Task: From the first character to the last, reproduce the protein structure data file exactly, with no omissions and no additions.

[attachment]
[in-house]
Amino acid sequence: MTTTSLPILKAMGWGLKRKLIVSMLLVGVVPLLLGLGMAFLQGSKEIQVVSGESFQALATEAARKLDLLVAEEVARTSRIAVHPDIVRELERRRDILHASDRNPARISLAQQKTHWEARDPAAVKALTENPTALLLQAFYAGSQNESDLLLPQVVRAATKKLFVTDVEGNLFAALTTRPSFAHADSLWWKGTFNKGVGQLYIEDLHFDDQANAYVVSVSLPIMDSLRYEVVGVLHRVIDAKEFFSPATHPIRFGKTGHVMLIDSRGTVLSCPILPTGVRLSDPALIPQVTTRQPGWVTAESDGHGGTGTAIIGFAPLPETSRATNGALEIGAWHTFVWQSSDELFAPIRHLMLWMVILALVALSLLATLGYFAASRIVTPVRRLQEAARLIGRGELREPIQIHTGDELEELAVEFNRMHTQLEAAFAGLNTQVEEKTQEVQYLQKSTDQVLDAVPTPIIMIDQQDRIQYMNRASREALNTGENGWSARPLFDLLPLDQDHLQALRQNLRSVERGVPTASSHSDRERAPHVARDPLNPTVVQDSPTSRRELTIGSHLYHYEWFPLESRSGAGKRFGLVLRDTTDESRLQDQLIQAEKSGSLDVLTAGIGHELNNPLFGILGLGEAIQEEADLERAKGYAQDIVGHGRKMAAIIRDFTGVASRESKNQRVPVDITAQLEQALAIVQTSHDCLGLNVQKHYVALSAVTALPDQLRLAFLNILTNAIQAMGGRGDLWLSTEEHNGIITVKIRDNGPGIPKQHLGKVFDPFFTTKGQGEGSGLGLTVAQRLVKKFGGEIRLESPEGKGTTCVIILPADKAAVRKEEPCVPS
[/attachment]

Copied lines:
[in-house]
Amino acid sequence: MTTTSLPILKAMGWGLKRKLIVSMLLVGVVPLLLGLGMAFLQGSKEIQVVSGESFQALATEAARKLDLLVAEEVARTSRIAVHPDIVRELERRRDILHASDRNPARISLAQQKTHWEARDPAAVKALTENPTALLLQAFYAGSQNESDLLLPQVVRAATKKLFVTDVEGNLFAALTTRPSFAHADSLWWKGTFNKGVGQLYIEDLHFDDQANAYVVSVSLPIMDSLRYEVVGVLHRVIDAKEFFSPATHPIRFGKTGHVMLIDSRGTVLSCPILPTGVRLSDPALIPQVTTRQPGWVTAESDGHGGTGTAIIGFAPLPETSRATNGALEIGAWHTFVWQSSDELFAPIRHLMLWMVILALVALSLLATLGYFAASRIVTPVRRLQEAARLIGRGELREPIQIHTGDELEELAVEFNRMHTQLEAAFAGLNTQVEEKTQEVQYLQKSTDQVLDAVPTPIIMIDQQDRIQYMNRASREALNTGENGWSARPLFDLLPLDQDHLQALRQNLRSVERGVPTASSHSDRERAPHVARDPLNPTVVQDSPTSRRELTIGSHLYHYEWFPLESRSGAGKRFGLVLRDTTDESRLQDQLIQAEKSGSLDVLTAGIGHELNNPLFGILGLGEAIQEEADLERAKGYAQDIVGHGRKMAAIIRDFTGVASRESKNQRVPVDITAQLEQALAIVQTSHDCLGLNVQKHYVALSAVTALPDQLRLAFLNILTNAIQAMGGRGDLWLSTEEHNGIITVKIRDNGPGIPKQHLGKVFDPFFTTKGQGEGSGLGLTVAQRLVKKFGGEIRLESPEGKGTTCVIILPADKAAVRKEEPCVPS